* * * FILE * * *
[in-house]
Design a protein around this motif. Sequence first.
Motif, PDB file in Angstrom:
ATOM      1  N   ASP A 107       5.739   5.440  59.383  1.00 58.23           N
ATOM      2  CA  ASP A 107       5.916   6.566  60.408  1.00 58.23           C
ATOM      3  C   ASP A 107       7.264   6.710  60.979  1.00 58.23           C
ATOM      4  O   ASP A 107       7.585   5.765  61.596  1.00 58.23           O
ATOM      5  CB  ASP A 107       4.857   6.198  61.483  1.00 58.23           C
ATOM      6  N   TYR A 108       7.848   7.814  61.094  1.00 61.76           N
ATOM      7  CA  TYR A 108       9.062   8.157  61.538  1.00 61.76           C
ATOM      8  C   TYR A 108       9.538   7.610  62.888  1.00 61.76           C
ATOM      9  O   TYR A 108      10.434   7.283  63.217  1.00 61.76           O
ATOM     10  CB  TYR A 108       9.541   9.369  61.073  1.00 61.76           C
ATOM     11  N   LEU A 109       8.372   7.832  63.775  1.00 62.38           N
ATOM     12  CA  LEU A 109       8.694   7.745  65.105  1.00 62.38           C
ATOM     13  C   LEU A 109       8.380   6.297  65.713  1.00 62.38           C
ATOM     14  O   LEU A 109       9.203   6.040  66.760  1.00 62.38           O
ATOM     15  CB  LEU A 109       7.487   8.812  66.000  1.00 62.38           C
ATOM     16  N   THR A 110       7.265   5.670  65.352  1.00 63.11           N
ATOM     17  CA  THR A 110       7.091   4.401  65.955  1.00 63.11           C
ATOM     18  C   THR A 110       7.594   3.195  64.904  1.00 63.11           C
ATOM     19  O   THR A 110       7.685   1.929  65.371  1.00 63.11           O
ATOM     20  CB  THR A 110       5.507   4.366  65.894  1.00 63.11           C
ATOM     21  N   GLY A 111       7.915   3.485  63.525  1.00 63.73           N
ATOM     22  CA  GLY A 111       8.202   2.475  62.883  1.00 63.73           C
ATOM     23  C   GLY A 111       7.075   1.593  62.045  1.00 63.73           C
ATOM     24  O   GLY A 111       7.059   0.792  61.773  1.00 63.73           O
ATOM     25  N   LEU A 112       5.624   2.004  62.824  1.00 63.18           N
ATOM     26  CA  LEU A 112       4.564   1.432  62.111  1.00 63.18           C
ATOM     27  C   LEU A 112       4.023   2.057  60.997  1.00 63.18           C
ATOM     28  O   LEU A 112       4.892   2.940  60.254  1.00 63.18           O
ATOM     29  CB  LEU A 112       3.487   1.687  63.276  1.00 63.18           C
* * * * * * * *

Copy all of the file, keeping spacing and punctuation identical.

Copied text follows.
[in-house]
Design a protein around this motif. Sequence first.
Motif, PDB file in Angstrom:
ATOM      1  N   ASP A 107       5.739   5.440  59.383  1.00 58.23           N
ATOM      2  CA  ASP A 107       5.916   6.566  60.408  1.00 58.23           C
ATOM      3  C   ASP A 107       7.264   6.710  60.979  1.00 58.23           C
ATOM      4  O   ASP A 107       7.585   5.765  61.596  1.00 58.23           O
ATOM      5  CB  ASP A 107       4.857   6.198  61.483  1.00 58.23           C
ATOM      6  N   TYR A 108       7.848   7.814  61.094  1.00 61.76           N
ATOM      7  CA  TYR A 108       9.062   8.157  61.538  1.00 61.76           C
ATOM      8  C   TYR A 108       9.538   7.610  62.888  1.00 61.76           C
ATOM      9  O   TYR A 108      10.434   7.283  63.217  1.00 61.76           O
ATOM     10  CB  TYR A 108       9.541   9.369  61.073  1.00 61.76           C
ATOM     11  N   LEU A 109       8.372   7.832  63.775  1.00 62.38           N
ATOM     12  CA  LEU A 109       8.694   7.745  65.105  1.00 62.38           C
ATOM     13  C   LEU A 109       8.380   6.297  65.713  1.00 62.38           C
ATOM     14  O   LEU A 109       9.203   6.040  66.760  1.00 62.38           O
ATOM     15  CB  LEU A 109       7.487   8.812  66.000  1.00 62.38           C
ATOM     16  N   THR A 110       7.265   5.670  65.352  1.00 63.11           N
ATOM     17  CA  THR A 110       7.091   4.401  65.955  1.00 63.11           C
ATOM     18  C   THR A 110       7.594   3.195  64.904  1.00 63.11           C
ATOM     19  O   THR A 110       7.685   1.929  65.371  1.00 63.11           O
ATOM     20  CB  THR A 110       5.507   4.366  65.894  1.00 63.11           C
ATOM     21  N   GLY A 111       7.915   3.485  63.525  1.00 63.73           N
ATOM     22  CA  GLY A 111       8.202   2.475  62.883  1.00 63.73           C
ATOM     23  C   GLY A 111       7.075   1.593  62.045  1.00 63.73           C
ATOM     24  O   GLY A 111       7.059   0.792  61.773  1.00 63.73           O
ATOM     25  N   LEU A 112       5.624   2.004  62.824  1.00 63.18           N
ATOM     26  CA  LEU A 112       4.564   1.432  62.111  1.00 63.18           C
ATOM     27  C   LEU A 112       4.023   2.057  60.997  1.00 63.18           C
ATOM     28  O   LEU A 112       4.892   2.940  60.254  1.00 63.18           O
ATOM     29  CB  LEU A 112       3.487   1.687  63.276  1.00 63.18           C